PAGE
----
But Stan, who died in 1976, would likely have been equally delighted to see what actually will happen to Stage Center, now that the Downtown Design Review Committee has decided it’s not worth saving.

Then again, Cash for Gold, west of May on 39th, is flourishing.

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Forget the Motor City

Let’s imagine that this fallen metropolis might be destined for a Higher Purpose:

Why don’t we just make Detroit a permanent Olympics zone? Level the whole thing and put in permanent hotels, permanent stadiums, permanent facilities, housing for event workers, etc. But no one lives there any other time. Install a huge, secure dome over it with an artificial snow generator for the winter Olympics (hey, they do it in Dubai — surely we can do it here).

Average snowfall in Detroit is about 44 inches a year, or about half what they’ve gotten this year. There will presumably have to be a skeleton crew on hand 24/7/1461, but not necessarily a large one.

Though that’s not the problem. This is:

[N]o one has to bribe the IOC, no one country or city would stand to make millions (or billions) in graft and corruption. Yeah, that right there is the main reason why it would never happen. Not enough of the usual suspects making obscene amounts of money off of something that should be about the athletes.

On the other hand, you have to figure that Detroit knows something about graft.

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Harry, the feckless Senate runner

Smitty turns a Warren Zevon song into an ode to, or at least about, Harry Reid. And it’s not “Lawyers, Guns and Money,” either.

(Working title for this piece, for the minute and a half it had a working title, was “Werewolves of Searchlight.”)

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Only the dreggiest

I had mentioned earlier that I was unable to reinstall Adobe Photoshop Elements on the new Win7 box because, well, I couldn’t find the install disk, which wasn’t in its box and wasn’t in my Small Stack O’ Disks. (Adobe recommends against this sort of thing anyway.) So I went further into the stacks and found some horrifying things that should have been consigned to Sheol long before:

  • Windows 98 (retail version)
  • Sony SonicStage CP 4.1
  • Win95 drivers for a Umax parallel-port scanner (no XP drivers were ever issued, and I don’t even have a parallel port anymore)
  • Nero Burning ROM 5.5
  • America Online 6.0 (with 1000 hours free!)
  • America Online 8.0 (with 1045 hours free!)
  • Microsoft Works 8.5

I should probably blowtorch the whole drawer; there are also a couple of dozen unlabeled CD-Rs in there.

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Are they ill-tempered?

The scientists had one simple request, and that was to have sharks with frickin’ cameras attached to their heads:

The footage from 14 tiger sharks, six Galapagos sharks, five sandbar sharks, five bluntnose sixgill sharks and a prickly shark is the first to be taken of sharks, by sharks in their natural environment.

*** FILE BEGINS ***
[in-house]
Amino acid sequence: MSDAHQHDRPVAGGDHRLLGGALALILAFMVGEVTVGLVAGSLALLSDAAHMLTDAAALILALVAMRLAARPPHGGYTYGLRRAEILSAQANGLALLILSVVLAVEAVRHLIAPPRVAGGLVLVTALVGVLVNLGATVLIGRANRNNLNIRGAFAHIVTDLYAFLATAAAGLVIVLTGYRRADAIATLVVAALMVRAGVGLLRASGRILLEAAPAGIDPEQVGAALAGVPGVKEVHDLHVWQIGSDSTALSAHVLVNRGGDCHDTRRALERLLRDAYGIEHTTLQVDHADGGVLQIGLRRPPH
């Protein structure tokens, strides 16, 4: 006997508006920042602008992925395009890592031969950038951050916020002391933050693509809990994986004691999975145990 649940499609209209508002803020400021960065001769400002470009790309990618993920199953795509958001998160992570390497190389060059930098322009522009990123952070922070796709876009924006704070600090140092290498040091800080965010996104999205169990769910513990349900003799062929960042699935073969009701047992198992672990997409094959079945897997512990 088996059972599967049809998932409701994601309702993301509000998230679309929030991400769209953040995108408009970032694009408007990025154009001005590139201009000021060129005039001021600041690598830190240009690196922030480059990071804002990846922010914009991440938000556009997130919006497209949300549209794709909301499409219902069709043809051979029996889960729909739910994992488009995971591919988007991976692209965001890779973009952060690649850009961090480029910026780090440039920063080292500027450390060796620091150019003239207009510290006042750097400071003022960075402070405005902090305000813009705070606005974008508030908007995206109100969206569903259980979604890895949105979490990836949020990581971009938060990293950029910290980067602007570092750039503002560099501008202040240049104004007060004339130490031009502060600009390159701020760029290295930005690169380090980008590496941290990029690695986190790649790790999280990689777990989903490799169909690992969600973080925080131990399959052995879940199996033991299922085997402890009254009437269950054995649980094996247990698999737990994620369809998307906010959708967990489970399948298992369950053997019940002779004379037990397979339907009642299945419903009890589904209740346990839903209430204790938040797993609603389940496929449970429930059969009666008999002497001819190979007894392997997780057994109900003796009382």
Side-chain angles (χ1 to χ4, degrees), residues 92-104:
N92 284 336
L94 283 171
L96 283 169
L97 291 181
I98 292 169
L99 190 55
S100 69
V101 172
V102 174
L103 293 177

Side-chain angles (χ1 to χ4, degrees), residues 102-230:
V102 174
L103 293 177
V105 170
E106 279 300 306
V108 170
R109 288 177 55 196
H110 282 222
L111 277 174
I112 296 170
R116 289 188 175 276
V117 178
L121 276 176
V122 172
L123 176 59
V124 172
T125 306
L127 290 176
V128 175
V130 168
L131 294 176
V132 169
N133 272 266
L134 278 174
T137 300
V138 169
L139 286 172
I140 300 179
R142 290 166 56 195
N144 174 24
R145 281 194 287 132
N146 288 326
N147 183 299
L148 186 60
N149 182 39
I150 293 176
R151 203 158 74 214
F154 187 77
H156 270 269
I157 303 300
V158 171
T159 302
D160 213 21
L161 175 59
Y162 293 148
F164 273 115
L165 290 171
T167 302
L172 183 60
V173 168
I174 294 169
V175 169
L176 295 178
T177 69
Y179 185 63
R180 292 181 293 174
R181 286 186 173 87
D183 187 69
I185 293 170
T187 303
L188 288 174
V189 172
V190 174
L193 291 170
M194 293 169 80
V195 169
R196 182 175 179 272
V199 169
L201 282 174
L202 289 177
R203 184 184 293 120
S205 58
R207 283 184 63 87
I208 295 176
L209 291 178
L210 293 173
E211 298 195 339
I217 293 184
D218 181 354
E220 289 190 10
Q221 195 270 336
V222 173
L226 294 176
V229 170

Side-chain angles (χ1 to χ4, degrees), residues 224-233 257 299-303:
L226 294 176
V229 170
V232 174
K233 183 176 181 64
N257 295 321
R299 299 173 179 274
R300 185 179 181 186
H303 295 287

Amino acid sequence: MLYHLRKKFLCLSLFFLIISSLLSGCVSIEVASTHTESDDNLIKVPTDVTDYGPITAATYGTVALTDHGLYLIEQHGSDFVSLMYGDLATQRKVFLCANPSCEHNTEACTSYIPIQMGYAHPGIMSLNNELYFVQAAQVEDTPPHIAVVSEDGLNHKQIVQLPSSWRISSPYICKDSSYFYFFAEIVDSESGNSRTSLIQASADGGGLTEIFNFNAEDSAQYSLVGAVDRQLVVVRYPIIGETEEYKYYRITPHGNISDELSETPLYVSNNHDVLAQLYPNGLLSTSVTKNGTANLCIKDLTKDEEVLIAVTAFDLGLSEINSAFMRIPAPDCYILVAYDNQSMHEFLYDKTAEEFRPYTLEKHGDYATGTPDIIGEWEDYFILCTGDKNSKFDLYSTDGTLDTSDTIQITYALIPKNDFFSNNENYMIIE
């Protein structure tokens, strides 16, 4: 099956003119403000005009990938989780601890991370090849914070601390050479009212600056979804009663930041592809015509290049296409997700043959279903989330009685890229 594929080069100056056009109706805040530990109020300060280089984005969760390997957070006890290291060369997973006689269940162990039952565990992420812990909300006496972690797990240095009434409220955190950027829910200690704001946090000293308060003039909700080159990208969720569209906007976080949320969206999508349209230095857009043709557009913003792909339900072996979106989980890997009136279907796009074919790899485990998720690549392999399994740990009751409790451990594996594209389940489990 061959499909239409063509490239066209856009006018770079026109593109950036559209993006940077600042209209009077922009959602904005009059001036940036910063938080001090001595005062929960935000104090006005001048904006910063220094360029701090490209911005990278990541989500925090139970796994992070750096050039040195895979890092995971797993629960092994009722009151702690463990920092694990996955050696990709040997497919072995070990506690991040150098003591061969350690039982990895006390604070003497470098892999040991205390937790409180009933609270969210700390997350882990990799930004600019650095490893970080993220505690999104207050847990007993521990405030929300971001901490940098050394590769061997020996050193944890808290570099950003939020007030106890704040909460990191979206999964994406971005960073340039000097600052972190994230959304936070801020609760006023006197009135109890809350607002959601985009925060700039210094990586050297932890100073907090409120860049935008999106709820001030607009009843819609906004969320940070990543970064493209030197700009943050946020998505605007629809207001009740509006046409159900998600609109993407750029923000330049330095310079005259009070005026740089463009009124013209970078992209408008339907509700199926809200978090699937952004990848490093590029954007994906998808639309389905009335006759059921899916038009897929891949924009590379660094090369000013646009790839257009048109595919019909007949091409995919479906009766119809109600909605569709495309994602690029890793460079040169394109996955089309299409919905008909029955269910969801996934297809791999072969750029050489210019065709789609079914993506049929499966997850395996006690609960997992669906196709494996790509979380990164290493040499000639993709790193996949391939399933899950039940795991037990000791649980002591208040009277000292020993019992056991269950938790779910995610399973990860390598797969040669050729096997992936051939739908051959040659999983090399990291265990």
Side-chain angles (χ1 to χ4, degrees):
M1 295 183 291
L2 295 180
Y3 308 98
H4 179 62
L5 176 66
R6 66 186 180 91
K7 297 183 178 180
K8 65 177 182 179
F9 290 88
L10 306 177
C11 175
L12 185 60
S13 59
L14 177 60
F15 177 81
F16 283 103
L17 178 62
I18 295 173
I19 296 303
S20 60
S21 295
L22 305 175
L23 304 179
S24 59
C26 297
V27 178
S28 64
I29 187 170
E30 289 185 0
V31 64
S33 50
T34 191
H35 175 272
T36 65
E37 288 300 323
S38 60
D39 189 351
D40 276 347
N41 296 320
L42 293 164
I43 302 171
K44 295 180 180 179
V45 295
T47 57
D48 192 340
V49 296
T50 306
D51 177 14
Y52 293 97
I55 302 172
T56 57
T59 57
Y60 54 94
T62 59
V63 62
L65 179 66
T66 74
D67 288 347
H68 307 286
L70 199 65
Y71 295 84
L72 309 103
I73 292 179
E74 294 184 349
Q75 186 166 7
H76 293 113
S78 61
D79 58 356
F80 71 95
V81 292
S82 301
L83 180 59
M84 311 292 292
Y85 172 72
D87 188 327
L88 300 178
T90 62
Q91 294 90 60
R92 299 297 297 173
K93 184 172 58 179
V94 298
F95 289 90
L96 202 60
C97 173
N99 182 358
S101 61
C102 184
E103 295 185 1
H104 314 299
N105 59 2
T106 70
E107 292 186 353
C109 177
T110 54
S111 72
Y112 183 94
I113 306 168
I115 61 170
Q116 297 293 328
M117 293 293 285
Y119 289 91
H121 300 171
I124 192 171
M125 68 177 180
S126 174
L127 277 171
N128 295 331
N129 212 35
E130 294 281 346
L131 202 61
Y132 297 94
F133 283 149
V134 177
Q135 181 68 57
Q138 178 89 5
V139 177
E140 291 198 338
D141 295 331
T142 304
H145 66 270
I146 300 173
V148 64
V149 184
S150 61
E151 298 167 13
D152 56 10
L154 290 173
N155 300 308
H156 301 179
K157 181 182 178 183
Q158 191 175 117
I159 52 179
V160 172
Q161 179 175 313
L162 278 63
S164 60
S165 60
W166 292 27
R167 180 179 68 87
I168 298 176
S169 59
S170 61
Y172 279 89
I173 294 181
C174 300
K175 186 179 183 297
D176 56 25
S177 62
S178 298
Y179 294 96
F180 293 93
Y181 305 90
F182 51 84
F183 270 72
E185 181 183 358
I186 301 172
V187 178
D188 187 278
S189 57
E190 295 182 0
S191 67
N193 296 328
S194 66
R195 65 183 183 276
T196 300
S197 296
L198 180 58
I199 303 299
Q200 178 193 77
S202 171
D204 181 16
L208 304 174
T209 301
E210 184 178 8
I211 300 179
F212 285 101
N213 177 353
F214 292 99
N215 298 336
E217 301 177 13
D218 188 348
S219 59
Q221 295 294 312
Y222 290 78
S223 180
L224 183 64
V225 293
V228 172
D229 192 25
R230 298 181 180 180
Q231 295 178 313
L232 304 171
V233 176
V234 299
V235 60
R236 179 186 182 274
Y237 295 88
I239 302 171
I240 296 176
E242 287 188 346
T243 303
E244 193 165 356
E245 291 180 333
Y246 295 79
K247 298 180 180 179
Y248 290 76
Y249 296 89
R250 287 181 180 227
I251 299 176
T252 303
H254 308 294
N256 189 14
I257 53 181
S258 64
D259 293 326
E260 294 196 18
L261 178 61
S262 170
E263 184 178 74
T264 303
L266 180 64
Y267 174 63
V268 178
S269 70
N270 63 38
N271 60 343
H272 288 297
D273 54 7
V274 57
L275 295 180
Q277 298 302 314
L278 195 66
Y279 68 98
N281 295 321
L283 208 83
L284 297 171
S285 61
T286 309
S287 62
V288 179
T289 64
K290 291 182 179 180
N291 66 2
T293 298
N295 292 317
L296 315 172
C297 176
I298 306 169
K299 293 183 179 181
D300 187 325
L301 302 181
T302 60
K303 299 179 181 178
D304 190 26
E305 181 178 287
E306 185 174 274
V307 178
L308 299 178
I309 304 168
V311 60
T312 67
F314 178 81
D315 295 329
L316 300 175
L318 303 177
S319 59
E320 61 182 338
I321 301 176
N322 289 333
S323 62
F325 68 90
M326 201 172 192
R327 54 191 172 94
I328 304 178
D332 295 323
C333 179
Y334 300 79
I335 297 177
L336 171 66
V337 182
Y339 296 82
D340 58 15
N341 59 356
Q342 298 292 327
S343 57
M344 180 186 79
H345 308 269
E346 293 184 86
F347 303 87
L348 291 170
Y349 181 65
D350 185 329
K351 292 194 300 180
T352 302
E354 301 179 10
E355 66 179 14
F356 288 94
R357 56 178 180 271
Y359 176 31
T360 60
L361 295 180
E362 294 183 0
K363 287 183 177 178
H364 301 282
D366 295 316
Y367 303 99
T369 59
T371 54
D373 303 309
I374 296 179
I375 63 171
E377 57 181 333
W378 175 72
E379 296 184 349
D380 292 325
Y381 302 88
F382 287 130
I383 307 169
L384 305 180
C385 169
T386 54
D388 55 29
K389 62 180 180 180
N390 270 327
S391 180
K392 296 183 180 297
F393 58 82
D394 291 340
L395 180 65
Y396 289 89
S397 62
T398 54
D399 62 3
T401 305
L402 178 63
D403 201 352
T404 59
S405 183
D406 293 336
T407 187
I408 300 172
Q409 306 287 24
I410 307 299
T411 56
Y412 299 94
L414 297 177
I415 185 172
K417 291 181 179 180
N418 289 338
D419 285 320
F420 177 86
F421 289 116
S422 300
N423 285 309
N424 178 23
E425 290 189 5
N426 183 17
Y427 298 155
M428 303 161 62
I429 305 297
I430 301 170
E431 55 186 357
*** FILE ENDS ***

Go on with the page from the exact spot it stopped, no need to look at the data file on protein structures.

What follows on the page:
One clip from a camera attached to a male sandbar shark show the pursuit of a female; another shows its wearer’s point of view as it meets up with dozens of other sharks in a mixed group — including sandbars, oceanic blacktips and scalloped hammerheads — and swimming together for most of the day.

This is, you may be certain, a Serious Scientific Inquiry:

Sharks are among the top predators in the world’s oceans, and so where they go and what they eat can have huge effects that reverberate through their ecosystem’s food web. Scientists have attached sensors to sharks before to get an idea of their movements, but until recently they haven’t had the technology necessary to get good video footage — or to get their cameras back.

Did this cost one million dollars? Maybe, maybe not.

(Tweeted at me, complete with Austin Powers references, by just another prof.)

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The non-nuclear option

Mitch McConnell is making noises about reinstating the filibuster should the GOP recapture the Senate, an idea which does not sit well with Bill Quick:

How about this: Remove the filibuster entirely. It is an artifact of political operators, not of the Constitution. And Congress doesn’t need “more restraint.” The Framers deliberately designed it to be the most powerful, by far, of the three branches of government.

The notion that Congress should to make rules to “restrain itself” is, at bottom, an argument that Congress should not exist — because if doing less is desirable, doing nothing at all is most desirable.

And there’s always the question of why anyone thinks the Republicans will somehow ride their imagined Senate results into some sort of Chuck Norris mode, given the presence of squishes like, well, Mitch McConnell.

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Just after someday

Is it possible to get tired of ex-Bangle Susanna Hoffs? I contend that the answer is No:

Susanna Hoffs in 2012

This particular photo was part of a session to promote Hoffs’ 2012 album Someday. After the jump, the song “Picture Me” from that album:

Read the rest of this entry »